10 Things That Make Living In A Military Town Unique

On Saturday mornings while you’re drinking your coffee, you can hear gun fire.  That pop-pop-popping sound you hear on news clips is background noise here.

And in the afternoons while we were outside in the backyard, I used to tell my daycare kidlets to listen closely to the irregular explosions that they were all too familiar with.  Some of their parents were the ones making all that noise.  I would tell them: “That’s the sound of the moms and dads practicing how to keep us safe.”

Army convoys rolling through town are a common sight here.  When new families move into our neighbourhood, one of the first question from both us and the new family is “Are you military?”.

I was a little unsure about moving into this town when we were first looking for a house.  It’s got a financially diverse population, with all walks of life represented, and the reputation wasn’t great.  But the price was right.  So we made it our home.

And I’m glad we did.

We live in a little town next to a Canadian Forces Base.  It’s a training base, so the turnover is even higher than some other bases.  It’s so much different than I expected, and yet, not much different than anywhere else.

So what’s so unique about living in a military town?

1. Kids are used to making new friends, and moving trucks are a part of life.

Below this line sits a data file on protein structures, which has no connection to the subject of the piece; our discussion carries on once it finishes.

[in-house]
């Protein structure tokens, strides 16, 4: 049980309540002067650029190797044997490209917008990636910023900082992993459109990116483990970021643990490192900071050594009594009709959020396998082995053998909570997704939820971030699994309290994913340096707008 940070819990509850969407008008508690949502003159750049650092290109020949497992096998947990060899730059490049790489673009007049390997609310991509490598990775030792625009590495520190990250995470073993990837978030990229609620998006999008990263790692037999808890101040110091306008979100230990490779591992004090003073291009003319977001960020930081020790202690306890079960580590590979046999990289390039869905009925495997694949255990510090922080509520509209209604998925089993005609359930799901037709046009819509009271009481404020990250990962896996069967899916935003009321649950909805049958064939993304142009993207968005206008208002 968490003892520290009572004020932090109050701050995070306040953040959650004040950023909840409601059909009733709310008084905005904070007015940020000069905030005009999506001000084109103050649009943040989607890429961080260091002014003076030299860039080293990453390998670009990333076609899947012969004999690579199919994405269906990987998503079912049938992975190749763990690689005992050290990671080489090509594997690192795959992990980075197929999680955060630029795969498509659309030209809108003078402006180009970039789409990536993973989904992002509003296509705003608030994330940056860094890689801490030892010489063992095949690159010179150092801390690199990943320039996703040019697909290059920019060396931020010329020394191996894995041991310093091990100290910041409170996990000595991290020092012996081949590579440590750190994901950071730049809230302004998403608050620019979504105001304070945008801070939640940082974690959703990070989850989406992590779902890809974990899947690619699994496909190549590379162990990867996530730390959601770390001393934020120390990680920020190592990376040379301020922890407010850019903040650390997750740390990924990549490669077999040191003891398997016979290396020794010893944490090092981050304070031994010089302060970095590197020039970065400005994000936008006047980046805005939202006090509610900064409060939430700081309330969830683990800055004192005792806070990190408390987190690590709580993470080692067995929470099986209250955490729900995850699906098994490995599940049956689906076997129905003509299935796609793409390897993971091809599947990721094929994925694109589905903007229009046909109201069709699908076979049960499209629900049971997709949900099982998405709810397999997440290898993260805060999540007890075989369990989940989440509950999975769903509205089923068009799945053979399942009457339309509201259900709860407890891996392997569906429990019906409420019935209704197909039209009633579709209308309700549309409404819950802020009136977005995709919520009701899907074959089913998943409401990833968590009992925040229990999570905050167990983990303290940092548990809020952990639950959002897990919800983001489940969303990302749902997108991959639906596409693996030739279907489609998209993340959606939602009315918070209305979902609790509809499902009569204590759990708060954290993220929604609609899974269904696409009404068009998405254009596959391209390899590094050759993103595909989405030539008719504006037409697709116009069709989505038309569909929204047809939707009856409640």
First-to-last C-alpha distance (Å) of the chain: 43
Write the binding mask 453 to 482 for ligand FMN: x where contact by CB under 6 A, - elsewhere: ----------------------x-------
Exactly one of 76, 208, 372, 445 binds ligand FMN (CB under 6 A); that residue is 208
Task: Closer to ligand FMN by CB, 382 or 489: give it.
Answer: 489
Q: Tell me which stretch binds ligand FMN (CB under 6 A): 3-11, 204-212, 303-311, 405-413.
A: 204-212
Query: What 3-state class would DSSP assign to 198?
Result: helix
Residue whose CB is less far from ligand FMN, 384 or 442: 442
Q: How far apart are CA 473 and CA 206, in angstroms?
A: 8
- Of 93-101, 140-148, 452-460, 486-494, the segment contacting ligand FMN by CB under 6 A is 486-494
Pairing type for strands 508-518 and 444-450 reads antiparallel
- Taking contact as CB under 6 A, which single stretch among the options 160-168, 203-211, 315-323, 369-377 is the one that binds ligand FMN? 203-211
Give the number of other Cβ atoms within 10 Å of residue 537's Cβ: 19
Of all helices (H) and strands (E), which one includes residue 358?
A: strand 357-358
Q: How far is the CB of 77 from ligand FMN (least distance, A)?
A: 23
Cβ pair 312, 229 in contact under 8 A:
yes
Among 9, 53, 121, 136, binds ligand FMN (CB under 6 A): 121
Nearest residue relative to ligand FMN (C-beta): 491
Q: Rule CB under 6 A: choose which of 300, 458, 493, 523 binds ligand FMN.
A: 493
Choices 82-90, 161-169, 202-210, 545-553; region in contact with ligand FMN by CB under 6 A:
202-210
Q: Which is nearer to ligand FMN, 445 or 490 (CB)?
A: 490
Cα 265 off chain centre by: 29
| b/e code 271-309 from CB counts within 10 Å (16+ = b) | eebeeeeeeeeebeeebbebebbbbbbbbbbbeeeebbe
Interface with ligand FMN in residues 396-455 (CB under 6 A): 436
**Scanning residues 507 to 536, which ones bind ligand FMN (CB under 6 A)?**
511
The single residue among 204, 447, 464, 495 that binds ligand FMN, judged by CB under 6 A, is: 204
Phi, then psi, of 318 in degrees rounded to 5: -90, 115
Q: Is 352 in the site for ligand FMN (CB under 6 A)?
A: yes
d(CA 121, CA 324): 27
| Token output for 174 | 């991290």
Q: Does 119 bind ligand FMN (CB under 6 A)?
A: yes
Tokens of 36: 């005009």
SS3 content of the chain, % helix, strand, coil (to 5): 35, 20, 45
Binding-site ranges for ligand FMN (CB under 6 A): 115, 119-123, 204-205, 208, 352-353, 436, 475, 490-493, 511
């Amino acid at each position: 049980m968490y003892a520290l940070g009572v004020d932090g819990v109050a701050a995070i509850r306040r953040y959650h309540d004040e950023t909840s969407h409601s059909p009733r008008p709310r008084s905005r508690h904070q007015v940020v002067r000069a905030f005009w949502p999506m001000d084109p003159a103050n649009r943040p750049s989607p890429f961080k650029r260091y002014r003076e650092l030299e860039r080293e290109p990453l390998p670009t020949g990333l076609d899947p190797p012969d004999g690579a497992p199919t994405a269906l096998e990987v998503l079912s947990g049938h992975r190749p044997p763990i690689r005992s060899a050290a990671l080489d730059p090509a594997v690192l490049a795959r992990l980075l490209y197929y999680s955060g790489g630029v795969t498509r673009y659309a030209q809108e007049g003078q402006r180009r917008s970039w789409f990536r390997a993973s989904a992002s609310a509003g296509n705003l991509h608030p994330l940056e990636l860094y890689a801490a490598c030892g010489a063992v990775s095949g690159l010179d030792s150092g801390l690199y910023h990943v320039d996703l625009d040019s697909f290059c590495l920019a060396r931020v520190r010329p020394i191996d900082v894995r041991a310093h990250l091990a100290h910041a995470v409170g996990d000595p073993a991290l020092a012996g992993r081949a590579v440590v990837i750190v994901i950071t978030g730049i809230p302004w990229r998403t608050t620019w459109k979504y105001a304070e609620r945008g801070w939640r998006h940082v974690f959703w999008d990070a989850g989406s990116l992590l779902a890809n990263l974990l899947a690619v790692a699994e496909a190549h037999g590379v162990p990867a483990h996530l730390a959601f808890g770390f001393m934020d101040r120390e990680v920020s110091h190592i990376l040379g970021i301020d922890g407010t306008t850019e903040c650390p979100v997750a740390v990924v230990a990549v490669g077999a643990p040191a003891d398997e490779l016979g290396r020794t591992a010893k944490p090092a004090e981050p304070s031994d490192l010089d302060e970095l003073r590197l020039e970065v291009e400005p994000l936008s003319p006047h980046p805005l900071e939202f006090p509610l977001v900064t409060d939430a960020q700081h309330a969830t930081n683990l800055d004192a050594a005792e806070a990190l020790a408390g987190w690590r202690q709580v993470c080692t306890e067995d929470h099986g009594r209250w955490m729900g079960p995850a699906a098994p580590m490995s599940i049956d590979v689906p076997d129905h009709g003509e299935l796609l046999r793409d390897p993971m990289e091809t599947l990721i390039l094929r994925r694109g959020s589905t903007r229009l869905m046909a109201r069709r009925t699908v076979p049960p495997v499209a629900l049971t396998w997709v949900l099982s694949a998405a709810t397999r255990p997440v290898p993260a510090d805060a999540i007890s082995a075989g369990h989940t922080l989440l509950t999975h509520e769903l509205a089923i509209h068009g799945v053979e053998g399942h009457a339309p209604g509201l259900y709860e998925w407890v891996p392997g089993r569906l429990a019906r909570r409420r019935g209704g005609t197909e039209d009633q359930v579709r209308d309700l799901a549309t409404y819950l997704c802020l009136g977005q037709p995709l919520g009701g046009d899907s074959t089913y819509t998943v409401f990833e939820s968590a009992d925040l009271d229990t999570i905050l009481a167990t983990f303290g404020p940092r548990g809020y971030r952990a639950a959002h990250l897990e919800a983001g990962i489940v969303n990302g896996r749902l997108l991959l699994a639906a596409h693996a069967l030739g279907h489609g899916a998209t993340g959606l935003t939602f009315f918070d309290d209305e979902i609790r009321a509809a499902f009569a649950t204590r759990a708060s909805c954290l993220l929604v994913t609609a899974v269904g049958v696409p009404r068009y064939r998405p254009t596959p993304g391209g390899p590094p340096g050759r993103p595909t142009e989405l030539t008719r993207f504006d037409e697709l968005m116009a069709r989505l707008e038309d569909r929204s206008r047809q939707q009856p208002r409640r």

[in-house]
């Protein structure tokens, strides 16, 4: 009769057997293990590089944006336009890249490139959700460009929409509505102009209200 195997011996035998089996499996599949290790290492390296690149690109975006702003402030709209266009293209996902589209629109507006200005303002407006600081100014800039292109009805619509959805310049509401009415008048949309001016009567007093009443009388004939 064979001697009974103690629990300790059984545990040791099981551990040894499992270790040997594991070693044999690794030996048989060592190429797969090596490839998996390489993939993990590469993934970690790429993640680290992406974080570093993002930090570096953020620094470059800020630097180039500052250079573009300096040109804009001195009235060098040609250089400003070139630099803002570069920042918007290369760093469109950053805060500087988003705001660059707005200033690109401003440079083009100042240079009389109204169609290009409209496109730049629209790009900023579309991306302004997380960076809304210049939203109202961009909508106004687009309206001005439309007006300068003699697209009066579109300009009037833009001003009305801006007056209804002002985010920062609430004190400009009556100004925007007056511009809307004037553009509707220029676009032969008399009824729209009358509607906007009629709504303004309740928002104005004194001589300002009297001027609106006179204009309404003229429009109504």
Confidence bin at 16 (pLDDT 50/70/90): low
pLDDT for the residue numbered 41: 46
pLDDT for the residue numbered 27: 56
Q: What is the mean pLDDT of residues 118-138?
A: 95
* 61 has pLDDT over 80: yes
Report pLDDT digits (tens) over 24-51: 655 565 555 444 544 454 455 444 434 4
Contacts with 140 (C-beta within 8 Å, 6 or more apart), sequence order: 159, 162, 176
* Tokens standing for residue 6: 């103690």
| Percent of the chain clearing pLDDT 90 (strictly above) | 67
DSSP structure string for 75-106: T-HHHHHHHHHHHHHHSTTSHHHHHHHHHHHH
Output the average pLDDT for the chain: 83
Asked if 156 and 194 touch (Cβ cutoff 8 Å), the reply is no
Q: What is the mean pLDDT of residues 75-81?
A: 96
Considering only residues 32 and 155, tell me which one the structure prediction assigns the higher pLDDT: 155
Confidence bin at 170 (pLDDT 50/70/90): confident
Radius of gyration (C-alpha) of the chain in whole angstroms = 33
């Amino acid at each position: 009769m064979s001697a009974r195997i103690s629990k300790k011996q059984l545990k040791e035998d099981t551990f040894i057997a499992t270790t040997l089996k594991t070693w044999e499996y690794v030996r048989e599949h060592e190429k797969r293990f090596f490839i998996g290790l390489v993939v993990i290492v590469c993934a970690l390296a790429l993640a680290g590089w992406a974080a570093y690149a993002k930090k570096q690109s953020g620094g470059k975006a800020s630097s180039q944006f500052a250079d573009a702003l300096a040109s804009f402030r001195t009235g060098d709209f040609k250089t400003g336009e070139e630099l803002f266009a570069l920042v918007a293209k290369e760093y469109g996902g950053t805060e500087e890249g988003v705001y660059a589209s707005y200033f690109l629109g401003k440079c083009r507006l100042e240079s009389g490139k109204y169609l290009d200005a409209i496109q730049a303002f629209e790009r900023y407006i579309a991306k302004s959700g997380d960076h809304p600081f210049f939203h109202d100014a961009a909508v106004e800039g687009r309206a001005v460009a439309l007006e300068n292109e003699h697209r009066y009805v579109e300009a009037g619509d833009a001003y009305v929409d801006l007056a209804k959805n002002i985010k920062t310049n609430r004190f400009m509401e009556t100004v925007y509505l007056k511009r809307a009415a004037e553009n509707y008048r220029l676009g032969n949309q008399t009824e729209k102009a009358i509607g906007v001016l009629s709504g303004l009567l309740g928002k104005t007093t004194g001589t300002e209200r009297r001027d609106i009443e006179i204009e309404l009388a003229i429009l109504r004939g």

2. Our neighbourhood is bilingual.  My kids are accustomed to hearing parents and children speaking everyday French (not just classroom French) at the bus stop and at the playground.

3. You find out that Marie Kondo has nothing on military moms.  If you ever need help weeding out kids’ clothes or toys, ask a military mom.  They’ve purged, packed up, moved out, unpacked, and moved in more times than most of us civilians – they know how to do it right.

4. Many of our neighbours are trained in the fine art of killing people to defend their country.  It’s a little intimidating, but also very reassuring.

5. You realize just how many of our soldiers are dealing with PTSD, depression, and worse, and are falling through the cracks.  Many of our soldiers’ spouses and children are dealing with the fallout.

6. Posting Season (otherwise known as “spring”) means that many of our neighbours will be packing up and moving out. 

7. It’s never hard to sell a house (see #6).

8. Every September, there’s a huge influx of kids at the school.  This means one or more teacher and/or classroom changes for the kids each year.  It also means my kids don’t usually bother learning their teachers’ names for the first week or so.

9. Remembrance Day is actually remembered here.  You can’t miss it.  Remembrance Day has a whole different significance to the families here.

10. We’ve gained a much deeper, richer understanding of what sacrifice means.  Women give birth while their men are on the other side of the world.  Parents leave their babies in the care of grandparents while they are posted to opposite ends of the map.  Men and women watch their friends die far too young and violently.   They may come back injured themselves.  Children know more about loss than many adults have experienced.

It’s a humbling reality, living beside families that give so much. 

What do you appreciate most about the families that make up our military?


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